Hobbies & interests - This section requires applicants to discuss what they do in their spare time. The section is less about what exactly you do in your free time and more to do with actually having some free time and using this free time to do something (i.e. indicating a work-life balance). You should mention what you do, how much time you have dedicated to this and if you have gained any outside recognition (such as awards).
Team working - Working within teams is a large aspect of being a doctor, you need to be able to show that you are able to work in teams and discuss your experience of having done this. You should also be able to show an understanding of the advantages of working within a team as opposed to alone.
Motivation for medicine - This will be quite personal to you. The university of Manchester wants to know how your experiences have influenced your decision to study medicine.
Why Manchester?- There is also space to discuss why you have specifically chosen the University of Manchester. Think about the type of course offered at Manchester and why this may be suitable for you.
What should I put in my personal statement for Medicine at Manchester university?
In the specific case of Manchester University, the personal statement is not relevant and the NAIF is much more important to focus on (see above)! You should of course give your personal statement attention with regards to the other universities you are applying to.
What is the structure of the medicine interview for Manchester university?
The university of Manchester uses Multiple Mini Interview (MMI) format. For 2021 there were 4/5 stations which were each 7 minutes long with 2 minutes rest in-between. Information around the 2022 interviews hasn't yet been made available, however the University will detail the procedure and format to all interviewees prior to the interviews. Interviews for the 2022 entry will take place in December 2021 and January/February 2022.
What does Manchester university look for in a Medicine interview?
The interviews at the University of Manchester are not designed to test your academic knowledge, instead they aim to determine if applicants have the values and behaviors expected of a medical student.
Candidates should display strong interpersonal skills, communication abilities and be well-rounded throughout the interview. The university aims to conduct interviews in a relaxed manner, however some elements will be deliberately challenging in order to see how applicants handle stress.
Specific areas that are tested at interview:
Ability to communicate - the university of Manchester is looking for applicants who are able to clearly explain their ideas and give coherent arguments. Spontaneous yet well thought out responses would be better than long pre-learned rehearsed speeches.
Why do you want to be a doctor? - Applicants should discuss specific experiences that influenced their decision to study medicine. Common responses are often in the form of long rehearsed speeches so try to express your ideas more naturally in order to come off as more genuine.
Previous caring experience - It is important to focus on what you have actually gained from these experiences as well as your emotional response to them. These do not have to be from a traditional medical environment.
Matters of a medical interest - Candidates need to be aware of the current events in medicine, especially those currently in the media. Detailed factual medical knowledge is not needed here. In the few months leading up to your interview make sure you keep up to date with the news, especially the news and politics ongoing around the NHS and healthcare in general. A great place to do this is the Newsfeed (medmentor.co.uk/newsfeed)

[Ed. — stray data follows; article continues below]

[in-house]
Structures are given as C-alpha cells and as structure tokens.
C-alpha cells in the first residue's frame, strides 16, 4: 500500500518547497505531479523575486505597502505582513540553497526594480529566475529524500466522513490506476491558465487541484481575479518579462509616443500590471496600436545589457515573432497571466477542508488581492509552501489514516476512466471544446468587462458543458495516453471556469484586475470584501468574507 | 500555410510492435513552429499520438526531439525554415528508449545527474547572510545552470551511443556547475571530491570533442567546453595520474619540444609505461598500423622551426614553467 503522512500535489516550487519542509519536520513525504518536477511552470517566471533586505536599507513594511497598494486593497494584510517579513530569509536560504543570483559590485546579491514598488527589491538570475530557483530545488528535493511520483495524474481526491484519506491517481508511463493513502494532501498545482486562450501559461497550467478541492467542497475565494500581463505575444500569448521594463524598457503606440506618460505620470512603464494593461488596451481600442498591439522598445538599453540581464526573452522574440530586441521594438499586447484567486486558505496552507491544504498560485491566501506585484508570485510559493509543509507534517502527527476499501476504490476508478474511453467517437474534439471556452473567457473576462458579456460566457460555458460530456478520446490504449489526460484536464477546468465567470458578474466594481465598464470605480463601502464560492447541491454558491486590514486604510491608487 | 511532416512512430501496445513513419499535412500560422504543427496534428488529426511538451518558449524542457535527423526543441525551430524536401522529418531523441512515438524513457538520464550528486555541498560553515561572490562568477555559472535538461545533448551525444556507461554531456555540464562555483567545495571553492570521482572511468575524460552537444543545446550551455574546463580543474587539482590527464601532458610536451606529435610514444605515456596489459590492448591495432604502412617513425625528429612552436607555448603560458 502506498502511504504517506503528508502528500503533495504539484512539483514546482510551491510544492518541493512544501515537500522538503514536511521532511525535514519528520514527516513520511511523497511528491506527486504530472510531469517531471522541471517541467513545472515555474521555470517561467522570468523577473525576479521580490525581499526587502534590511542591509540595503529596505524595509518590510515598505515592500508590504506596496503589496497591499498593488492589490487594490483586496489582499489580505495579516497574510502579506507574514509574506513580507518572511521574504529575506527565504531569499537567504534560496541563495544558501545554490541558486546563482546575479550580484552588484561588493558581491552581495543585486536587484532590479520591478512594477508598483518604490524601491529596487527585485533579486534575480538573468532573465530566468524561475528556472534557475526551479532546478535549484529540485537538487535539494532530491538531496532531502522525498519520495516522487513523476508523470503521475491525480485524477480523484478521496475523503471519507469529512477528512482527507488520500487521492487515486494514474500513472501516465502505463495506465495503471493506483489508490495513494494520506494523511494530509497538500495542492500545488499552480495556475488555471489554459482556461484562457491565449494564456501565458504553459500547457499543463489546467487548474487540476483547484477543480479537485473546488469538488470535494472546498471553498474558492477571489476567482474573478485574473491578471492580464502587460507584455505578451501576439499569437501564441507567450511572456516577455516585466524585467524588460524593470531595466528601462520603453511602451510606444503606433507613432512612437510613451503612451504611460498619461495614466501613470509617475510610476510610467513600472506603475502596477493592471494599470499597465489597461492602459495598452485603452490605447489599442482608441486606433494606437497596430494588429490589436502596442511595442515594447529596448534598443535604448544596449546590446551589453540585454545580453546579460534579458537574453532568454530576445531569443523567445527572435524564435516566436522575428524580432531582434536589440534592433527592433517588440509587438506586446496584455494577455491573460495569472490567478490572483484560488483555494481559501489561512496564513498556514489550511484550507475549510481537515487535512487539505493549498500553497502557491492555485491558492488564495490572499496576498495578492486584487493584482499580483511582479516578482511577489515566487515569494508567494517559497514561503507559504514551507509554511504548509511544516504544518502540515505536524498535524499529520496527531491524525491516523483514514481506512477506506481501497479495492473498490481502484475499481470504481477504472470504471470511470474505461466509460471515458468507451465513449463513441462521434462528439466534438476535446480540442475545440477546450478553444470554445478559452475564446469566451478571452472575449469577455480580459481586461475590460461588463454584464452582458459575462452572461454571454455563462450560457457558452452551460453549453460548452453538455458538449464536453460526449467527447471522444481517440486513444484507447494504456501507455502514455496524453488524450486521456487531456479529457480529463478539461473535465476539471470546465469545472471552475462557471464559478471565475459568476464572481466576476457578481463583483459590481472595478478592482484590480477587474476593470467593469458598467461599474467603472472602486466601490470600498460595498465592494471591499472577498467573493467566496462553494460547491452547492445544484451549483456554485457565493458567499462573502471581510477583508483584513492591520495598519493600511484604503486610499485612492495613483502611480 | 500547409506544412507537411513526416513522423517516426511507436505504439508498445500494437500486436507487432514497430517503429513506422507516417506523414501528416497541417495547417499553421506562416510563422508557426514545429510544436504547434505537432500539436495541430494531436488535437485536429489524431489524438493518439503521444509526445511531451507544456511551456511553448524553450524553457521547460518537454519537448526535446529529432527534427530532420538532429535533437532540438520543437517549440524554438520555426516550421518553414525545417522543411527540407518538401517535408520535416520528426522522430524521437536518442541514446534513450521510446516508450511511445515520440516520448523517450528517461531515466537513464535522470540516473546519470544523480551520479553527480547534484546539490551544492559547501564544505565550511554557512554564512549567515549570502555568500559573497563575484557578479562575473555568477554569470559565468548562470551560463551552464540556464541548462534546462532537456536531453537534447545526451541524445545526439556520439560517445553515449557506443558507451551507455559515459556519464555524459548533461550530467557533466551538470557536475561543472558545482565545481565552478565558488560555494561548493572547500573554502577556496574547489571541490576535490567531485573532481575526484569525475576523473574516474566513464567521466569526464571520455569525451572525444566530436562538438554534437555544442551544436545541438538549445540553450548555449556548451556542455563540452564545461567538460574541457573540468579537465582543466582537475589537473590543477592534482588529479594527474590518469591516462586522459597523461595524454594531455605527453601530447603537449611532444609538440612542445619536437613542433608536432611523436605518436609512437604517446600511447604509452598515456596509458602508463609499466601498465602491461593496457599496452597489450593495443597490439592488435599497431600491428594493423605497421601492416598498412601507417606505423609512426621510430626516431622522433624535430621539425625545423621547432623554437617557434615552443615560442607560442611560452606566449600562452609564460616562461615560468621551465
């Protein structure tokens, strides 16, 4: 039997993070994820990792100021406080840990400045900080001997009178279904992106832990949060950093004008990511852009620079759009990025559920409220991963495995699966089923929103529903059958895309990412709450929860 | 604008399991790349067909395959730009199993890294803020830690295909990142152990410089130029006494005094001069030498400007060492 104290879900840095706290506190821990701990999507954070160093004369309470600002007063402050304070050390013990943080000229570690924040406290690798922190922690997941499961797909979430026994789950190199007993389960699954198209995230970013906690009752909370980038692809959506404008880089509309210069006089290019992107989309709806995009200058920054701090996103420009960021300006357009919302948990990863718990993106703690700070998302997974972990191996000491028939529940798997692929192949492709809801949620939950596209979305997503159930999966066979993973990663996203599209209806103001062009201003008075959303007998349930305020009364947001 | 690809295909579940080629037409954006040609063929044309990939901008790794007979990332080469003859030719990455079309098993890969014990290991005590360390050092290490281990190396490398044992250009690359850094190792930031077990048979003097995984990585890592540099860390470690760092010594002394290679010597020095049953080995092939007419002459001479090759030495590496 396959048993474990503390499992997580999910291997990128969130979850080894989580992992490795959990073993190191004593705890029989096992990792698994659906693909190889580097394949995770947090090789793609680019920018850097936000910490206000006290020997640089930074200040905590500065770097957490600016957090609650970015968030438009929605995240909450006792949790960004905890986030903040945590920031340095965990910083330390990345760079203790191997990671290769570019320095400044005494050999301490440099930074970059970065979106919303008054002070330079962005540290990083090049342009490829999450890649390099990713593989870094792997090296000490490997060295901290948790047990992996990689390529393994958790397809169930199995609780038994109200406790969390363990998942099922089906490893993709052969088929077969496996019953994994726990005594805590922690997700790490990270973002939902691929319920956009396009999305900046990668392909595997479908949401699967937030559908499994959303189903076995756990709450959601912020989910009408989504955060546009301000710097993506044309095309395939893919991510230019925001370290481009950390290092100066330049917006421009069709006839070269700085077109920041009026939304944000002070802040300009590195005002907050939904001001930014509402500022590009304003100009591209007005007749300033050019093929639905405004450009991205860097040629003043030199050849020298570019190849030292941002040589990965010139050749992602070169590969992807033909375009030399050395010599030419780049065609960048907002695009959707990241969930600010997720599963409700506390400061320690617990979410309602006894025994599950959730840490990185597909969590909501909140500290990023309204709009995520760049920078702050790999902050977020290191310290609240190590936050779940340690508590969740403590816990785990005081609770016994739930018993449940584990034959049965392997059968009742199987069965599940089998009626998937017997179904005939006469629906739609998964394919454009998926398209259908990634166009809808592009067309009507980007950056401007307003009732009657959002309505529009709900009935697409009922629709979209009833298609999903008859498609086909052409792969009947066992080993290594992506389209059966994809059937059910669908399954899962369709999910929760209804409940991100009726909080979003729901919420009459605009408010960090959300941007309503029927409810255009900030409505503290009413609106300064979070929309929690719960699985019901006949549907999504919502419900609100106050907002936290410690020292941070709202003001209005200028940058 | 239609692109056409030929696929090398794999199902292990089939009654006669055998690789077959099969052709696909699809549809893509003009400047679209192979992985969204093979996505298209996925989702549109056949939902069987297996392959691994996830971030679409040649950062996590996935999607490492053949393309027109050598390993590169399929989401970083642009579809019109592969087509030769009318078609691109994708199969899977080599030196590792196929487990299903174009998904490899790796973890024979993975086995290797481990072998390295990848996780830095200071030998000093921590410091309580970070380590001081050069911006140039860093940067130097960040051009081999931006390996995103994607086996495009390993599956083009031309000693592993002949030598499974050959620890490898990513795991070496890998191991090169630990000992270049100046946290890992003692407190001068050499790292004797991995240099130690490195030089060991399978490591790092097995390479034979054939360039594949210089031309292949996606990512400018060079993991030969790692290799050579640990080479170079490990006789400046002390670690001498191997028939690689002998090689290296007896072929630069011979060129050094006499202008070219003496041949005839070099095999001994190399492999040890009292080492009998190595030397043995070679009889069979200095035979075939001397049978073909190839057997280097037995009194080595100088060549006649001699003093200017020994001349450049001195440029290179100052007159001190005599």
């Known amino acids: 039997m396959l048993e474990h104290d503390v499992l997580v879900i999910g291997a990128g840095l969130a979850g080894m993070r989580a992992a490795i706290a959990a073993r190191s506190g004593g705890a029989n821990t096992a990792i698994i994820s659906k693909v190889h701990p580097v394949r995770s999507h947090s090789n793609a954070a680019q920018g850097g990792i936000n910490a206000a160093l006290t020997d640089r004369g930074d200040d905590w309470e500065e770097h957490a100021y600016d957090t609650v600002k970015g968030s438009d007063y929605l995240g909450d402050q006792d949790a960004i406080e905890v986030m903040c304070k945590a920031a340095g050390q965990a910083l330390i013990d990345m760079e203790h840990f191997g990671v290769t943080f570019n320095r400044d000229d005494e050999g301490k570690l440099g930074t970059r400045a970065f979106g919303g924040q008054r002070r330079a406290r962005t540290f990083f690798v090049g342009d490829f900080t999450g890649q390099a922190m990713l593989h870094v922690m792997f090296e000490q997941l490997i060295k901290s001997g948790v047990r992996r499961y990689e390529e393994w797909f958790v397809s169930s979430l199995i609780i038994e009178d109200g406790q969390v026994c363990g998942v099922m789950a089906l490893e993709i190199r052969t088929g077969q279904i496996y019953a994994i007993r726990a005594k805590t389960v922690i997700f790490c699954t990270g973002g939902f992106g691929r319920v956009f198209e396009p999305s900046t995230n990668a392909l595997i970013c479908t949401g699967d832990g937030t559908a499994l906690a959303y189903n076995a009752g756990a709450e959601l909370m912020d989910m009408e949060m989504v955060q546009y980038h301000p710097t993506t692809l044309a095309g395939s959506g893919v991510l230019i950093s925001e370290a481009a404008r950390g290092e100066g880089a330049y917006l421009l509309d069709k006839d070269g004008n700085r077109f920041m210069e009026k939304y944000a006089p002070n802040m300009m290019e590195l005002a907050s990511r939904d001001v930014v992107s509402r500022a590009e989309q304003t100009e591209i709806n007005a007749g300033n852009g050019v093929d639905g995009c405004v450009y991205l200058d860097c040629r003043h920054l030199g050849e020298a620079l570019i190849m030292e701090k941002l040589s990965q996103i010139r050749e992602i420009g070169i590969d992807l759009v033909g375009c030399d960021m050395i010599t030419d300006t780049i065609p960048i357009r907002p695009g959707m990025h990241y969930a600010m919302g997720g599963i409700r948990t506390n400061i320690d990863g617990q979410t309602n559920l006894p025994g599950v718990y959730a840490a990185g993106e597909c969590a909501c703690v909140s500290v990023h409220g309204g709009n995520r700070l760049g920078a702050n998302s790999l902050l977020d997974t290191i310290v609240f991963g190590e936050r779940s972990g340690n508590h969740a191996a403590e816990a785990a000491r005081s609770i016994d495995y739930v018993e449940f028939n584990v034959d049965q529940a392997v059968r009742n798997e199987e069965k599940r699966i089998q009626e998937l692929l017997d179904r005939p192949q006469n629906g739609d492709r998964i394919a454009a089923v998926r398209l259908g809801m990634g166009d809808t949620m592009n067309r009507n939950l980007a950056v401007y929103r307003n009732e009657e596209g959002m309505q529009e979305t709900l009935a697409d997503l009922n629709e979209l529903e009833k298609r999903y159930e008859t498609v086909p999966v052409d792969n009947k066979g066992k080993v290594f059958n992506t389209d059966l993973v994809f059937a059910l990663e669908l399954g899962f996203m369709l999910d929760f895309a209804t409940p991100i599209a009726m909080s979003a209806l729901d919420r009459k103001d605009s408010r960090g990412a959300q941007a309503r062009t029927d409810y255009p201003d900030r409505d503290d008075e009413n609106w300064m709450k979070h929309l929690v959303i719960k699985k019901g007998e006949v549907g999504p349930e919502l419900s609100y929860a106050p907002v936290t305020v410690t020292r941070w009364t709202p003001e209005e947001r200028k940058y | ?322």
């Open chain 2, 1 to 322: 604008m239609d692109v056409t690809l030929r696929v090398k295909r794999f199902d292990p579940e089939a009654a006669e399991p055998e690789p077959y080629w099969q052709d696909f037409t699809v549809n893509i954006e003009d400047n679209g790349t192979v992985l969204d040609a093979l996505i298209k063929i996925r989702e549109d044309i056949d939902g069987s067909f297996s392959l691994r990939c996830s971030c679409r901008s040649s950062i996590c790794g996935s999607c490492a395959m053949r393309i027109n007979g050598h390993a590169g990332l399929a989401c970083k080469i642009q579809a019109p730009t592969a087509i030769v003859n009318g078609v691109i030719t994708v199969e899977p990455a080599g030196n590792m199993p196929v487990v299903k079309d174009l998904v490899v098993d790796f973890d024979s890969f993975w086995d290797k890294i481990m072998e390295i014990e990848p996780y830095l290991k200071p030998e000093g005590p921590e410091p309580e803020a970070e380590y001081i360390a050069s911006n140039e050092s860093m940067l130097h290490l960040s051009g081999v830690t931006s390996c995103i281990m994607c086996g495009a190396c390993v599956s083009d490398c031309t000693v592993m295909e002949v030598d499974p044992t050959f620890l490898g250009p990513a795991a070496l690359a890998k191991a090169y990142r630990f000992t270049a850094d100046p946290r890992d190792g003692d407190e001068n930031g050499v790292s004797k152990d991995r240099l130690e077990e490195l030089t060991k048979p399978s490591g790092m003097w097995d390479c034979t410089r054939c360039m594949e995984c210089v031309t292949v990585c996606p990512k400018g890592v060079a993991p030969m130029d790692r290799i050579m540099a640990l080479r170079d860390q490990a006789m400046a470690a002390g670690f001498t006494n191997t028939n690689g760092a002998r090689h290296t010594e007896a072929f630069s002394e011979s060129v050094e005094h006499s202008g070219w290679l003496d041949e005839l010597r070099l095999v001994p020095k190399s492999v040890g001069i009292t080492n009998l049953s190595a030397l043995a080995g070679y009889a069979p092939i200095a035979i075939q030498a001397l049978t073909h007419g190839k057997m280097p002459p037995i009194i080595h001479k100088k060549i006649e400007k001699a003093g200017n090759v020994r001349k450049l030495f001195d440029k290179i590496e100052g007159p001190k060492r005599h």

Ethical and other issues - There are often no clear cut correct responses to these problems, instead you should be able to clearly display understanding of both sides of the arguments and cohesively explain the rationale behind your reasoning.
The University of Manchester does not offer a 4 year graduate entry medicine programme. However, those with previous degrees can still apply to the undergraduate programme.
What is the course structure for the 5 year medicine course?
The course at the University of Manchester is structured into pre-clinical and clinical years. The pre-clinical years refer to years 1 and 2 of the course while the clinical years refer to years 3, 4 and 5 of the course.
The pre-clinical years are done at the University campus on Oxford Road. For the clinical years, students will be sent to hospitals around Manchester. During the first two years of the course students will have occasional half day placements at hospitals/GP surgeries once every few weeks.
What is the teaching style at Manchester medical school?
Lectures at the University of Manchester are not mandatory to attend and are normally recorded and available to view online. It is important to note that although lectures are given during years 1 and 2, Manchester university heavily encourages proactive and peer led learning so expect to have to take control of your own learning and doing your own research.
A personal highlight of my time at the university of Manchester is the anatomy workshops, these sessions involved hands-on whole body dissections and the use of prosecutions as well as models to learn anatomy. Students can be as much or little involved as they want with the practical dissections, so don't worry at all if you don't think you'd enjoy or benefit from it. During year 1, students have to attend 1 workshop per week, during year 2 there was 1 workshop per week and extra workshops fortnightly.
Throughout years 1-5, the university of Manchester offers a 'personal excellence pathway' (PEP). This is basically a research component/module that is done by all students. As you progress through the medicine course the PEP modules become more elaborate. The topics are very diverse and students have full control over choosing topics that interest them. For more information on the PEP: https://www.bmh.manchester.ac.uk/study/medicine/your-studies/teaching-learning/personalised/